When I left the shelter on that last day and was walking to the house one last time, I ran into a guest I knew well. We hugged and I told him how grateful I was to see him, as it was my last day. He echoed that message, as he said he didn’t know it was officially my last day. We said our goodbyes, him with his sense of humor shining through as always, and we went in our opposite directions. Only a week later I found out that one guest who I knew well passed away quite tragically, and then a week after that I found out that this guest who I happened to see on my walk home also passed away. Both were found, separately, floating in bodies of water. This was some of the most difficult news I’ve ever heard. I was devastated that they had died and even more distraught that I could not be among people who had known them and attend their memorial service at the shelter. As I was transitioning into a new year of service, my heart was still with those in Boise who were going through this difficult time. It was difficult to find closure when their deaths are still a mystery and when I could not attend the memorial service. I did write something that was shared at the memorial service, which is below. It does not feel like it does justice to who they were, but it was what I kept coming back to about them.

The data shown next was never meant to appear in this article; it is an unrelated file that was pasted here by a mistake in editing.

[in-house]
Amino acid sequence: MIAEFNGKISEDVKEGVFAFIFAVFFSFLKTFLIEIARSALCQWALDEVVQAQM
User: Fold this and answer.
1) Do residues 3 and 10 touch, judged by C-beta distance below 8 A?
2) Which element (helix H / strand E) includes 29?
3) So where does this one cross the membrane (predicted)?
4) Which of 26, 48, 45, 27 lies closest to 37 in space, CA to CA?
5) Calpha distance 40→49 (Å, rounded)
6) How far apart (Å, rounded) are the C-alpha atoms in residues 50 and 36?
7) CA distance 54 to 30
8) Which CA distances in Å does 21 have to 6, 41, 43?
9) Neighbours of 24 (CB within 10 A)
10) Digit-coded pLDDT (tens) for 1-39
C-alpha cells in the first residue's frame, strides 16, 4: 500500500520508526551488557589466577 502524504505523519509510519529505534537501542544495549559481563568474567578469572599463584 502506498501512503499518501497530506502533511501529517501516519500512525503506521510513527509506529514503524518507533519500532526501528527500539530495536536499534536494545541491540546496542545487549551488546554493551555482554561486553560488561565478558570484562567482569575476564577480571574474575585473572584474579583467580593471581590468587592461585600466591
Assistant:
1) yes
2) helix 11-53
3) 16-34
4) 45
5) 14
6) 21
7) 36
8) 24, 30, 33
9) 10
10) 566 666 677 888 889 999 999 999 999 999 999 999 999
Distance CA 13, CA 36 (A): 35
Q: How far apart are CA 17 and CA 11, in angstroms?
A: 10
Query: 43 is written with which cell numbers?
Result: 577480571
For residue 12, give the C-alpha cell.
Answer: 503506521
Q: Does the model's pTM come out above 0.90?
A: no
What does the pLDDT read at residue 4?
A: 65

“When I heard the news about Kevin, then about Ruben, I had many thoughts racing through my mind. Mostly, I was thinking about how I had just seen both of them before I left and how, even now, I cannot believe they are gone. This news has been shocking and difficult to bear and all I want is to be with the community of Corpus Christi House, to be with the people who knew Kevin and Ruben well. I saw Kevin almost every day at Corpus, especially as he sat in the lobby recovering from his accident in the spring. I gave him his mail each day and we would make small talk. I appreciated his curiosity about other people and his ability to try and try again when he knew he had room to grow. Kevin and I pushed each other to be better and as I grew I saw him change in certain ways as well. It was so promising to see the progress he had made.